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Maturation of the Lens Fiber Cell: Some Morphological and Biochemical Correlates

  • H. Maisel
  • J. Alcala
  • J. Kuszak
  • M. Ireland
  • R. Bradley
  • M. Katar
Part of the Ocular Size and Shape book series (EYE)

Abstract

The function of the lens is to refract light for proper visual acuity. As an organ it is characterized by several unique features. It is derived solely from ectodermal cells, and retains within it all the cells formed during the lifetime of the organism. It continues to grow throughout life, adding new fibers to those previously formed. Thus its structure contains, in concentric layers, fiber cells of increasing age proceeding from superficial (cortex) to deep (nucleus) fiber groups. During lens fiber cell differentiation there is a loss of cell organelles and the more centrally placed fibers appear to be metabolically inert (Wannemacher and Spector, 1968). The lens derives its nutrients from the aqueous humour.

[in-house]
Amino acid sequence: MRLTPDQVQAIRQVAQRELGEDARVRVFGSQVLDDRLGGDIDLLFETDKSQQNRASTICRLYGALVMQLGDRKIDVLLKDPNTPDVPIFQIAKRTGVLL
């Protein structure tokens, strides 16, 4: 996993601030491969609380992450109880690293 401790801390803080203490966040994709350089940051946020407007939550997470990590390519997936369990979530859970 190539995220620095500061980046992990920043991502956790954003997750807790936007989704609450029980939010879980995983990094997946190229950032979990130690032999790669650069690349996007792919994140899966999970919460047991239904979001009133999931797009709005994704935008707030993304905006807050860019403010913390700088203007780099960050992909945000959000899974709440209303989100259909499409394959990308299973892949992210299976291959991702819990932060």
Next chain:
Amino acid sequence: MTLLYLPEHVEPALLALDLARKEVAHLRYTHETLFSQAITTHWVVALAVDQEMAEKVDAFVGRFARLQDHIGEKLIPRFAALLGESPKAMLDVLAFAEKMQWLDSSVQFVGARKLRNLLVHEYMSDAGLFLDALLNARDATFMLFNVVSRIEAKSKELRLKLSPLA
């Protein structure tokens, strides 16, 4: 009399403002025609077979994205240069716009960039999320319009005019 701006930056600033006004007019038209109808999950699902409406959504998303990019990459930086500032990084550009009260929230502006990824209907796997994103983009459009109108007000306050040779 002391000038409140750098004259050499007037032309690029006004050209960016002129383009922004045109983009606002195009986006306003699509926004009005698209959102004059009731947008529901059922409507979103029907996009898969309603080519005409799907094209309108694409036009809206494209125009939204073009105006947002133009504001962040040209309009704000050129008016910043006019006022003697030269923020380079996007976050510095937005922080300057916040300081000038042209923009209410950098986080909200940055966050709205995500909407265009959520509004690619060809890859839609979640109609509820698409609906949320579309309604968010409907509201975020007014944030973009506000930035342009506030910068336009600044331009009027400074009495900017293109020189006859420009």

Keywords

Fiber Cell Human Lens Lens Fiber Lens Fiber Cell Bovine Lens 
These keywords were added by machine and not by the authors. This process is experimental and the keywords may be updated as the learning algorithm improves.

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Copyright information

© Springer-Verlag New York, Inc. 1981

Authors and Affiliations

  • H. Maisel
  • J. Alcala
  • J. Kuszak
  • M. Ireland
  • R. Bradley
  • M. Katar

There are no affiliations available

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